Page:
Today, punk rock is one of the most popular rock music subgenres, especially with younger audiences. Modern punk rock artists include Blink-182, Fall Out Boy, and Paramore.

Christian Rock

The birth of Christian rock dates all the way back to the late 1960s. It generally focuses on matters of Christian faith, with an emphasis on Jesus and Christian virtues.

Bands that perform Christian rock almost always have ties to contemporary Christian music labels, festivals, and media outlets.

One of the biggest pioneers of Christian rock is Larry Norman, who was often described as the “Father of Christian Rock Music.” The first commercially released Jesus rock album was his 1969 album Upon This Rock.

Indie Rock

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Indie rock emerged in the 1970s. Originally, the genre was used to describe independent and less-known record labels. However, it quickly became associated with alternative rock or guitar pop-rock as more and more indie labels appeared.

Indie rock is a stripped-down, back-to-basics version of punk rock and guitar rock. In the early 2000s, the genre received worldwide influence through bands like The Hives, The Strokes, The White Stripes, and The Vines.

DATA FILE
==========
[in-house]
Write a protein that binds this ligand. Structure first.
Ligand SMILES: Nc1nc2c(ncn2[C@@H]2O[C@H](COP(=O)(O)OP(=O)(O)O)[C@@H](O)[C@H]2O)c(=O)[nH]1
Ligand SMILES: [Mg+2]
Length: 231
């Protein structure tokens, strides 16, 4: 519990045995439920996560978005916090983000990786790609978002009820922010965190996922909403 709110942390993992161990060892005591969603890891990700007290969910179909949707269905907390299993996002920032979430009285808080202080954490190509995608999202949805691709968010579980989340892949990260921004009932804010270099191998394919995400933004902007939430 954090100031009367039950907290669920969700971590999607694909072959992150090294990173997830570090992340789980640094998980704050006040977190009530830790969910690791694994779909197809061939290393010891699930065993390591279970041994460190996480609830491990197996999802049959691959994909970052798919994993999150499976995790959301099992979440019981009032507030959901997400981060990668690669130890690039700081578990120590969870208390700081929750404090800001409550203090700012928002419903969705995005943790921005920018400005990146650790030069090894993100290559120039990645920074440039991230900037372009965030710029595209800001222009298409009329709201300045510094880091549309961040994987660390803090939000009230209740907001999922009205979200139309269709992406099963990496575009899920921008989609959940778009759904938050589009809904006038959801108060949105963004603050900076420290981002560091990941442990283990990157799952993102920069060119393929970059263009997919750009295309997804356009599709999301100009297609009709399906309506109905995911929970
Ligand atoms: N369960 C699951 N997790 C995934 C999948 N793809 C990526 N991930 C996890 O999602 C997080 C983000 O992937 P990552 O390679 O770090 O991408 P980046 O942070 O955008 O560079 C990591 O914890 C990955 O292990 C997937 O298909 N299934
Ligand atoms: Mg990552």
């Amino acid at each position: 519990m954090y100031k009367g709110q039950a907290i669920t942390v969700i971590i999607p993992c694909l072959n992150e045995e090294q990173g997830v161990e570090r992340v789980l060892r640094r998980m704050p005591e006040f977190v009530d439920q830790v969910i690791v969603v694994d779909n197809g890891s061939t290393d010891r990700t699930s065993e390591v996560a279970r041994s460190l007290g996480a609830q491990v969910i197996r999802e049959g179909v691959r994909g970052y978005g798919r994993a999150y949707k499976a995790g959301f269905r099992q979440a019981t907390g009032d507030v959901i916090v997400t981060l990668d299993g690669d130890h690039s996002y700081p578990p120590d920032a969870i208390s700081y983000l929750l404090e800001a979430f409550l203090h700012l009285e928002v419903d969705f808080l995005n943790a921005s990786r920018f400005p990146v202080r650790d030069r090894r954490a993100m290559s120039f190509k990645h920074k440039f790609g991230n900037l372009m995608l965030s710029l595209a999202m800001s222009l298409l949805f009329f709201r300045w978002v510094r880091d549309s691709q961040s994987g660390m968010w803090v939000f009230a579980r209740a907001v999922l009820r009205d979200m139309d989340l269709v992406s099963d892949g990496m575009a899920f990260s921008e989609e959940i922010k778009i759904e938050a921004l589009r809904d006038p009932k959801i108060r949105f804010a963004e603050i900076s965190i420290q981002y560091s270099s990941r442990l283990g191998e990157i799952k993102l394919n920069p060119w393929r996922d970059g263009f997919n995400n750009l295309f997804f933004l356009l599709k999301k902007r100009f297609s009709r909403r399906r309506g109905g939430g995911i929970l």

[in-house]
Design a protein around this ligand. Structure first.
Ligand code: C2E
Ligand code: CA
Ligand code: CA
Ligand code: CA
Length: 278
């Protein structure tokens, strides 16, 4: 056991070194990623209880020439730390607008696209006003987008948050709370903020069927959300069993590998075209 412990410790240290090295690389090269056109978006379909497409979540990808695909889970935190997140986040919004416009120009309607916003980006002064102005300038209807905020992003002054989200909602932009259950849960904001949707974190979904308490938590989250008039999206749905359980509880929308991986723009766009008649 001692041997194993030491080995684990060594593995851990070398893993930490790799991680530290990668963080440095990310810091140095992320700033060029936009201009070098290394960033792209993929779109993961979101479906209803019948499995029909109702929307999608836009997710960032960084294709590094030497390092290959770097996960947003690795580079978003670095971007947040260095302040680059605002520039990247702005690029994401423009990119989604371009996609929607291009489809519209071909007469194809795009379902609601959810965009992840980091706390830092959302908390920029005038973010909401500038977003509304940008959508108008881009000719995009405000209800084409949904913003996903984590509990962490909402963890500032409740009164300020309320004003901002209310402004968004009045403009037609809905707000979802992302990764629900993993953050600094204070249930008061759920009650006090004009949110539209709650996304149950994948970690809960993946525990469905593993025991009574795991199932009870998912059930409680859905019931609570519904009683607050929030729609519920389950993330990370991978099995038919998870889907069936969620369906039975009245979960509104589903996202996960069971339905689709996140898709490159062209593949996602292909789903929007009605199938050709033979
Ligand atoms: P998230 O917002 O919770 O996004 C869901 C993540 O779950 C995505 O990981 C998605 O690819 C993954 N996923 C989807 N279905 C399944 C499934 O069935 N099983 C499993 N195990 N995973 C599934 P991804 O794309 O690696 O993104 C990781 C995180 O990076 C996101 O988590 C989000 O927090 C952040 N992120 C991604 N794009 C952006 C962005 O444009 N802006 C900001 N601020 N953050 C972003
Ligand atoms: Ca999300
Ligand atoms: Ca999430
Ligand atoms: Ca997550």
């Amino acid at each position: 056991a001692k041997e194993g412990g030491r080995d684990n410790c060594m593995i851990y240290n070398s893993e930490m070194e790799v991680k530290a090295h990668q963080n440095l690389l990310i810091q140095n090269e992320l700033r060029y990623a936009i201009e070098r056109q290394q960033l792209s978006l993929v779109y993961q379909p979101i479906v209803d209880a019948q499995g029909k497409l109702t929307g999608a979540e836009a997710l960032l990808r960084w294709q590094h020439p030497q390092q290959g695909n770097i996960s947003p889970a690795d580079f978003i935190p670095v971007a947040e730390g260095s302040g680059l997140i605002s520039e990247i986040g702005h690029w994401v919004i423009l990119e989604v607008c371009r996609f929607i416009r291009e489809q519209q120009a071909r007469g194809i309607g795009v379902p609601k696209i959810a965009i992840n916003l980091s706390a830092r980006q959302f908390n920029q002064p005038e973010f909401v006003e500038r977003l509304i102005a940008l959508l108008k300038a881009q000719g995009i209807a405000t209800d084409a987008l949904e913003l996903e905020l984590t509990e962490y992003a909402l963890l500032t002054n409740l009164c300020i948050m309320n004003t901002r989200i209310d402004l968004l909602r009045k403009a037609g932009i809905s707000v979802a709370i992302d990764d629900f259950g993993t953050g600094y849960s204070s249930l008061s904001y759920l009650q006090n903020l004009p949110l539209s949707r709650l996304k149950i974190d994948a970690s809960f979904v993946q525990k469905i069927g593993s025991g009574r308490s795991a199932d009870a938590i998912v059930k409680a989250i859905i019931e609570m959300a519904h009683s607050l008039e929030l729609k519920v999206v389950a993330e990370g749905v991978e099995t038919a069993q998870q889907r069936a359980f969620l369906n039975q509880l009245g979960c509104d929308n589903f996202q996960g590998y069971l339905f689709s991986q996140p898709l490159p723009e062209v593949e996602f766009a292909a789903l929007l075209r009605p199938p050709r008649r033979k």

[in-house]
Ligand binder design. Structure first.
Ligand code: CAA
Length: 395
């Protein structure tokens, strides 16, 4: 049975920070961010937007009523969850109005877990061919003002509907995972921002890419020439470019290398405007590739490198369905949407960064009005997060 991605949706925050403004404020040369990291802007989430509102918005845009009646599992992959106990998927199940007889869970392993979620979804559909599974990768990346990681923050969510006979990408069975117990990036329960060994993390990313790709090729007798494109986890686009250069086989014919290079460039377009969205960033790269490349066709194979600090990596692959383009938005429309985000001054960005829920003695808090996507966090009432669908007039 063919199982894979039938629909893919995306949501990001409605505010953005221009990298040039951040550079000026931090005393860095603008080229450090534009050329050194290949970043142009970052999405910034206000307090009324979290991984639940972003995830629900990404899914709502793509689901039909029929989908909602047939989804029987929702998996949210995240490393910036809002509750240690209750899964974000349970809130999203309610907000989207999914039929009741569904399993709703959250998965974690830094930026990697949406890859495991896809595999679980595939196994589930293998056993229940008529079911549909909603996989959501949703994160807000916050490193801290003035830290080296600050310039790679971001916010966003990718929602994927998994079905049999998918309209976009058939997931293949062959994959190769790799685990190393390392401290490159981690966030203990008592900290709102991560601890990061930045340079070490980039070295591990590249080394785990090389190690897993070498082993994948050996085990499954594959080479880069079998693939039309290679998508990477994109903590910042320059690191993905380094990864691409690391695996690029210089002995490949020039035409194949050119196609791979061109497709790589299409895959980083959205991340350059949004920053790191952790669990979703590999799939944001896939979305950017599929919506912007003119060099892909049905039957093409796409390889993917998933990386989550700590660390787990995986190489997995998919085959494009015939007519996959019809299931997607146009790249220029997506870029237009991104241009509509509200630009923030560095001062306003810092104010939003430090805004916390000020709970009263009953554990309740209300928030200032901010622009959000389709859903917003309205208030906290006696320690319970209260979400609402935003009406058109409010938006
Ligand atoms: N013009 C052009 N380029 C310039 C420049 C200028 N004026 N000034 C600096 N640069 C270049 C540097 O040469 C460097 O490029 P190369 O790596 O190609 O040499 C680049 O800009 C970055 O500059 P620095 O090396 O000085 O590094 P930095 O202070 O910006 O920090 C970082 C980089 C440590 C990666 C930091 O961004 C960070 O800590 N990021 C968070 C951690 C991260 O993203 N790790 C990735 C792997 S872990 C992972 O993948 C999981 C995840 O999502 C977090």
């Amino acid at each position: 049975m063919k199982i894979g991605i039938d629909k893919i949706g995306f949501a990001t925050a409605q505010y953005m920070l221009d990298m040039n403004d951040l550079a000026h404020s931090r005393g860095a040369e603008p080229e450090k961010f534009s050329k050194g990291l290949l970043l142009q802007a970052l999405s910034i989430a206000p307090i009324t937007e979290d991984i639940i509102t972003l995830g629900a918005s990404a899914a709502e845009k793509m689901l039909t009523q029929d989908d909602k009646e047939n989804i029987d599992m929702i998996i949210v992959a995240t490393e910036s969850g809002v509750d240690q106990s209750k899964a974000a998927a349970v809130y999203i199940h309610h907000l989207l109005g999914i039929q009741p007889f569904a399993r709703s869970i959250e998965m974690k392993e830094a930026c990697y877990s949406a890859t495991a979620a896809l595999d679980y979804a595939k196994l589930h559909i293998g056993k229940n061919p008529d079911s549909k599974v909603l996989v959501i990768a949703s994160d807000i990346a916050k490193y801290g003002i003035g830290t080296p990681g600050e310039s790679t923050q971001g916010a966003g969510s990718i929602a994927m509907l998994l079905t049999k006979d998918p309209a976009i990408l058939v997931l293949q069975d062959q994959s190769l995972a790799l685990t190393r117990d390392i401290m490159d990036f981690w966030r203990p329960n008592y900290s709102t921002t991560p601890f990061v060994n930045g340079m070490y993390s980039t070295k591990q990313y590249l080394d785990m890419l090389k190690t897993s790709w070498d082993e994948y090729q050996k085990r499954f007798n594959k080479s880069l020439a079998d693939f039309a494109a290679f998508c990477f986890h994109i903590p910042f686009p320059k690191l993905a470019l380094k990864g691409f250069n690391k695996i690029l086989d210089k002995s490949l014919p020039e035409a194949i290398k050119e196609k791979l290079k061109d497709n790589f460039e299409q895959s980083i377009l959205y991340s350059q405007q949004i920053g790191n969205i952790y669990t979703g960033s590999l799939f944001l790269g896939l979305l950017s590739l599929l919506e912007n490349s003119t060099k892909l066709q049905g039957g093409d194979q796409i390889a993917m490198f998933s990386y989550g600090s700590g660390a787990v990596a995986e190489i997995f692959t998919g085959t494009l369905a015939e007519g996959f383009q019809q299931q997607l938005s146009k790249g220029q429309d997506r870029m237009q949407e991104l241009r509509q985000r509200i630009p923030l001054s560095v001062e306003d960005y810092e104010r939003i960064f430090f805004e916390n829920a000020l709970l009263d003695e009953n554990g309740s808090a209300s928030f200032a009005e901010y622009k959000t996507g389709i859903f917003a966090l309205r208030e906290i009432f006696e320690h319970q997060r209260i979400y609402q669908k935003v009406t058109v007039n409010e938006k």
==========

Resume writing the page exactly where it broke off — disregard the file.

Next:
Glam Rock

Developed in the early 1970s in the UK, glam rock is a musical subgenre that features brash guitar riffs and stomping rhythms.

Glam artists often wore flamboyant clothing and visually appeared androgynous, with both men and women wearing exaggerated makeup and hairstyles.

Electronic Rock

Electronic rock features a combination of rock music and electronic music. It emerged in the late 1960s when rock bands began incorporating styles of EDM and electronic instrumentation into their music. This includes synthesizers, tape music, mellotrons, and electric guitars and drums.

Progressive Rock

Progressive rock, also known as symphonic rock or simply prog rock, stemmed from 1960s psychedelic bands who abandoned standard elements of pop music in the genre.

Prog rock bands like Boston and Kansas favor instrumentation and compositional techniques associated with folk, jazz, and classical music.